Chapter

Developments in Criminal Theory

K. J. M. Smith

in Lawyers, Legislators and Theorists

Published in print October 1998 | ISBN: 9780198257233
Published online March 2012 | e-ISBN: 9780191681738 | DOI: http://dx.doi.org/10.1093/acprof:oso/9780198257233.003.0003

Series: Oxford Monographs on Criminal Law and Justice

Developments in Criminal Theory

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In the early nineteenth century the several components and features of the criminal justice system were, in varying degrees, seen by many contemporary commentators as demonstrably worthy of scrutiny. The previous climate of almost granting immutability to any long-standing doctrine and principle, as encased in authoritative institutional works, was increasingly challenged. Survival of particular doctrines and principles began to turn as much on their contemporary justifiability as on their source and age; and an extensive lineage became less of a guarantee of infinite durability. Against this background and as a preliminary to reviewing the criminal law's principal conceptual developments over the first three decades of the nineteenth century, this chapter analyses the contextually significant events relating to punishment and codification for the possible light they might throw on movements in substantive theory.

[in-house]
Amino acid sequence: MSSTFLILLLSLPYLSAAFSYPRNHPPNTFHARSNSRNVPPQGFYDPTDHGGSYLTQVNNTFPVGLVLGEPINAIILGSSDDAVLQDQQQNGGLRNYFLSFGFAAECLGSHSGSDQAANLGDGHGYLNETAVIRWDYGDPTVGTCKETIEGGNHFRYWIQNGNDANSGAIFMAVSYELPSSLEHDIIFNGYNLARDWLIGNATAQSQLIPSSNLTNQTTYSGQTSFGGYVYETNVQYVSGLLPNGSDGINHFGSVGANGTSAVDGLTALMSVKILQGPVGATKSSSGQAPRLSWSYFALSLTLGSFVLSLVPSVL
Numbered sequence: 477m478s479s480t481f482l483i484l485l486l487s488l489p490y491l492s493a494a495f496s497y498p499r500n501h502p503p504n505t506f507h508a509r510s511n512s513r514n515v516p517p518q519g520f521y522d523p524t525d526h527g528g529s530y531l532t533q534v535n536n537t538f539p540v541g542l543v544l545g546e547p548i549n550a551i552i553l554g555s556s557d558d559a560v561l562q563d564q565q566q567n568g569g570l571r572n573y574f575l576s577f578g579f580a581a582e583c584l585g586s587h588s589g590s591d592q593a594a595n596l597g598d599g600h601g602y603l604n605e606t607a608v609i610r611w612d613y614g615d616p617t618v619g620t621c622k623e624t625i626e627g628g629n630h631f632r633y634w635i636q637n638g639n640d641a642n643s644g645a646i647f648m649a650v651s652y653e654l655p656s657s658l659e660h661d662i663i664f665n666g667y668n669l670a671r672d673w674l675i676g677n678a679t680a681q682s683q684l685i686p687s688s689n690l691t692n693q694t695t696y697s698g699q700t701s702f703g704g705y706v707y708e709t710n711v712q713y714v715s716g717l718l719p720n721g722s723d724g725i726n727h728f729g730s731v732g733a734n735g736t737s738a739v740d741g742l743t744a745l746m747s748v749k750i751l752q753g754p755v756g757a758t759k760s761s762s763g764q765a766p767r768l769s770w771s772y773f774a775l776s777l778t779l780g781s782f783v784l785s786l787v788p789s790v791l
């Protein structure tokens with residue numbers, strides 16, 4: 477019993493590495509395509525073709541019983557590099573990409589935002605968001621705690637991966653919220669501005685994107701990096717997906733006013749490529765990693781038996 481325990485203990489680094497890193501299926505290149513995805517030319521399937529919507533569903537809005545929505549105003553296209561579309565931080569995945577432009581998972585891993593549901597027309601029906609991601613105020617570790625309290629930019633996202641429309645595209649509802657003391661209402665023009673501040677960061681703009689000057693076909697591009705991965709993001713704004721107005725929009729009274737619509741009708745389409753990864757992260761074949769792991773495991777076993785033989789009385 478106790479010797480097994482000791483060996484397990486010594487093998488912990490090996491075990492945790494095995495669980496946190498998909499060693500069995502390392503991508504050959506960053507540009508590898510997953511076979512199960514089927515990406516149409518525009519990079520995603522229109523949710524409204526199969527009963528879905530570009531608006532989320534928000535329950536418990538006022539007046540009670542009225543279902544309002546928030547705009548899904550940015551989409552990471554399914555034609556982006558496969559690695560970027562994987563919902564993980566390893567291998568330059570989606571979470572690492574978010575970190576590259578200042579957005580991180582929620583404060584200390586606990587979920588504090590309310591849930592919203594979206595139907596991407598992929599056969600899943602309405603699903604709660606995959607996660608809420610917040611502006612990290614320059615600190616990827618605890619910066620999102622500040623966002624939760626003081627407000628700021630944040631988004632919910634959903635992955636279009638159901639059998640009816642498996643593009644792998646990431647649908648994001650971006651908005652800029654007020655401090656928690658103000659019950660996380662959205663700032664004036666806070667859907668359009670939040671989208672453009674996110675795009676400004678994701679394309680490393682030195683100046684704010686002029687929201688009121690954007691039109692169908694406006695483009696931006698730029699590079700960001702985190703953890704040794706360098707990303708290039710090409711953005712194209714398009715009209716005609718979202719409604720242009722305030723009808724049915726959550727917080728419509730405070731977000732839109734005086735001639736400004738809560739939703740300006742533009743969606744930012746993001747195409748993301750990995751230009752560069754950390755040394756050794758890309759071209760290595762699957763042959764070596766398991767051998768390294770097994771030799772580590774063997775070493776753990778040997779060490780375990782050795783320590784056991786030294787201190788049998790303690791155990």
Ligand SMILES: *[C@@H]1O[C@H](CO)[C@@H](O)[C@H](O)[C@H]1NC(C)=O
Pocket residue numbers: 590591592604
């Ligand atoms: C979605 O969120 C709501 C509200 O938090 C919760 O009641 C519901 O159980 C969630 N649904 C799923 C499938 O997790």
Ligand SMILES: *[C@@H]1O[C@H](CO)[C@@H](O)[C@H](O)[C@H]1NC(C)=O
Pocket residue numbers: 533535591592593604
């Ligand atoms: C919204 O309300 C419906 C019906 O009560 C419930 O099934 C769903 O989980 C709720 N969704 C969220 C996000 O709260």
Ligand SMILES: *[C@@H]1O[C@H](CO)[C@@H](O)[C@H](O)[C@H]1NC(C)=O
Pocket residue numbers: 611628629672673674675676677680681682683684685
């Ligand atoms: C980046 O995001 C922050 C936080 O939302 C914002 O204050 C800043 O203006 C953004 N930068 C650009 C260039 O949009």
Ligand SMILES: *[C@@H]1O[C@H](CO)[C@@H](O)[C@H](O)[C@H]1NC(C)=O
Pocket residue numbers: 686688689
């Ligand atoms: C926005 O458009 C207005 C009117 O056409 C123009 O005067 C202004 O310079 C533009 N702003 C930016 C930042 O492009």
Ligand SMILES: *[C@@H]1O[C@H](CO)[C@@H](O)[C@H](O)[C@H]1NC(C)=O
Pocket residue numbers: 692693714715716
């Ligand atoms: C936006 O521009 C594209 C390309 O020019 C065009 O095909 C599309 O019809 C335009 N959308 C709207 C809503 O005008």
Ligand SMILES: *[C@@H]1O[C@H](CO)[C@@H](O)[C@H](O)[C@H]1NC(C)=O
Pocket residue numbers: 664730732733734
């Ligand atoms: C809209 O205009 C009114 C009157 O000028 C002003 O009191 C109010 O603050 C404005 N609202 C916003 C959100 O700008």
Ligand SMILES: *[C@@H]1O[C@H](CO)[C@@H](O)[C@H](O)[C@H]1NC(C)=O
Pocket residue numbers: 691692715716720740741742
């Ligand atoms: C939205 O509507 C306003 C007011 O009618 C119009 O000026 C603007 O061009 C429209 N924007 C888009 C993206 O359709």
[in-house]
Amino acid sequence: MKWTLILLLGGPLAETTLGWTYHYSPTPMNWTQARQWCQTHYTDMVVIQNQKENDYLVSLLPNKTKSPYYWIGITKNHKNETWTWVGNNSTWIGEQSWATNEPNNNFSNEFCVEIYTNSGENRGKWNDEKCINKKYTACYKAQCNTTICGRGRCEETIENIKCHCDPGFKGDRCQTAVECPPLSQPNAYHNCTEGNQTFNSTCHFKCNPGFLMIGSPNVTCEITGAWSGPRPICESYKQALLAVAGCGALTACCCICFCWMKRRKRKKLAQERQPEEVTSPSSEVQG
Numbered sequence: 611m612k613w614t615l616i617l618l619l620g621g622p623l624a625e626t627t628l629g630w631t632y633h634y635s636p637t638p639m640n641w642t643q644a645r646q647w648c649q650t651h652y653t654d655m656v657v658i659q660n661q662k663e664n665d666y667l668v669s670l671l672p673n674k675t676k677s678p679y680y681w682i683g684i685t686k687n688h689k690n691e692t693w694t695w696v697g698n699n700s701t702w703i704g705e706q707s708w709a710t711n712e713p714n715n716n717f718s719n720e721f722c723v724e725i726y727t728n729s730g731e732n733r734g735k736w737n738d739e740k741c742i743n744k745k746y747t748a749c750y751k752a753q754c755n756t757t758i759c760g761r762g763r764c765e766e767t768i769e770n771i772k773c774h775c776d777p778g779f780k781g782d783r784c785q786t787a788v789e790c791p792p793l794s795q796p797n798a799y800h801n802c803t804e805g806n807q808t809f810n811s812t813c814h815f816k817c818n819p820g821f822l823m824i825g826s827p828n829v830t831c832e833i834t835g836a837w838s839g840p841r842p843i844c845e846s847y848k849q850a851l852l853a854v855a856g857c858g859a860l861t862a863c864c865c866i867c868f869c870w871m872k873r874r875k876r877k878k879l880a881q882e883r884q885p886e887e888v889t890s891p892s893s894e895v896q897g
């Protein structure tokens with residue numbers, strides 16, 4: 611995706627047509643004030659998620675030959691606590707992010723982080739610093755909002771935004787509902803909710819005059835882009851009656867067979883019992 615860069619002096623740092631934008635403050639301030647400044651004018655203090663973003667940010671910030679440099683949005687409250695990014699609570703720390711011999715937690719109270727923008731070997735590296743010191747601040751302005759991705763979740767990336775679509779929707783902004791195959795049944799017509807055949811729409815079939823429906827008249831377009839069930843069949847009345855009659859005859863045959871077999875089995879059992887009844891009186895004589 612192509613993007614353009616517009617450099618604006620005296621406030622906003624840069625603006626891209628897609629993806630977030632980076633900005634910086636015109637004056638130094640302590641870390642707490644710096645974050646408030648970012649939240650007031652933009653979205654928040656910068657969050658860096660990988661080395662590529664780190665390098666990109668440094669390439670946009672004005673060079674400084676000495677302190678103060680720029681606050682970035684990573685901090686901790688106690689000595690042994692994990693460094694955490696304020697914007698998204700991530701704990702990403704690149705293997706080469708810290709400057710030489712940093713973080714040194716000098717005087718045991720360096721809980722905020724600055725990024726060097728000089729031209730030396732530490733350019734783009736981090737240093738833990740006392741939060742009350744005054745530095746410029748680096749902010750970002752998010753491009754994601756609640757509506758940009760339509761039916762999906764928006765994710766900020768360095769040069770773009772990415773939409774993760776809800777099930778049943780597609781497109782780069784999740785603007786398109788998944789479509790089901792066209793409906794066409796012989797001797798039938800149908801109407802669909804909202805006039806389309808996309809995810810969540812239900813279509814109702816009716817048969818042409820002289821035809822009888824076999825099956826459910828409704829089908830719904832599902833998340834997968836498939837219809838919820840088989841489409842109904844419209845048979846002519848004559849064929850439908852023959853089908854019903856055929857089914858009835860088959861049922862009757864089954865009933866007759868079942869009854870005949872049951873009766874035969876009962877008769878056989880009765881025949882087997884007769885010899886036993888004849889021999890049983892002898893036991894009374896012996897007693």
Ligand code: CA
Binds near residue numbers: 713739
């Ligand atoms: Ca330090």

Keywords: criminal justice; criminal law; punishment; codification

Chapter.  32776 words. 

Subjects: Criminal Law

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